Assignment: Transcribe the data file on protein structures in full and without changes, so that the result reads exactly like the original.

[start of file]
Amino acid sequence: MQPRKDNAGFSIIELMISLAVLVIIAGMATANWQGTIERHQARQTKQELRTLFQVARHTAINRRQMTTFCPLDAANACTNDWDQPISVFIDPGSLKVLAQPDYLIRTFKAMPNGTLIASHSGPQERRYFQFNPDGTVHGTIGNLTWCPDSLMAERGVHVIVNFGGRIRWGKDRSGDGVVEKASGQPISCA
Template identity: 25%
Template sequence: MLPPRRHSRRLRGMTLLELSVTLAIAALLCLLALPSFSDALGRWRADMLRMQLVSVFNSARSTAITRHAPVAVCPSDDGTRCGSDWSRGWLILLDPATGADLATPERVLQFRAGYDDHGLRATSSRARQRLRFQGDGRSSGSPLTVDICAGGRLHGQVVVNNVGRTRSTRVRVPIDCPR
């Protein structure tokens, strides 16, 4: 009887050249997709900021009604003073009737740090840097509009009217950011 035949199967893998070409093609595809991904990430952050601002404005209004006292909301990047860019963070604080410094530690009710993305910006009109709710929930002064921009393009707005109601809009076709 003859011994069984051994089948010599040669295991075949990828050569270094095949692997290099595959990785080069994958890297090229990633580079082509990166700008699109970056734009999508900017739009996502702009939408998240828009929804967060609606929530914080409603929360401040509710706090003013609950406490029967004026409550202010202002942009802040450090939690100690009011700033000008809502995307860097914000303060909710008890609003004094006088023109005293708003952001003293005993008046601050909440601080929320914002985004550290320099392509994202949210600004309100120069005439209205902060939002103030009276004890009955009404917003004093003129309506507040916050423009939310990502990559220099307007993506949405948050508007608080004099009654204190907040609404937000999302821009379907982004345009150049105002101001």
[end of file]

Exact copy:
Amino acid sequence: MQPRKDNAGFSIIELMISLAVLVIIAGMATANWQGTIERHQARQTKQELRTLFQVARHTAINRRQMTTFCPLDAANACTNDWDQPISVFIDPGSLKVLAQPDYLIRTFKAMPNGTLIASHSGPQERRYFQFNPDGTVHGTIGNLTWCPDSLMAERGVHVIVNFGGRIRWGKDRSGDGVVEKASGQPISCA
Template identity: 25%
Template sequence: MLPPRRHSRRLRGMTLLELSVTLAIAALLCLLALPSFSDALGRWRADMLRMQLVSVFNSARSTAITRHAPVAVCPSDDGTRCGSDWSRGWLILLDPATGADLATPERVLQFRAGYDDHGLRATSSRARQRLRFQGDGRSSGSPLTVDICAGGRLHGQVVVNNVGRTRSTRVRVPIDCPR
């Protein structure tokens, strides 16, 4: 009887050249997709900021009604003073009737740090840097509009009217950011 035949199967893998070409093609595809991904990430952050601002404005209004006292909301990047860019963070604080410094530690009710993305910006009109709710929930002064921009393009707005109601809009076709 003859011994069984051994089948010599040669295991075949990828050569270094095949692997290099595959990785080069994958890297090229990633580079082509990166700008699109970056734009999508900017739009996502702009939408998240828009929804967060609606929530914080409603929360401040509710706090003013609950406490029967004026409550202010202002942009802040450090939690100690009011700033000008809502995307860097914000303060909710008890609003004094006088023109005293708003952001003293005993008046601050909440601080929320914002985004550290320099392509994202949210600004309100120069005439209205902060939002103030009276004890009955009404917003004093003129309506507040916050423009939310990502990559220099307007993506949405948050508007608080004099009654204190907040609404937000999302821009379907982004345009150049105002101001």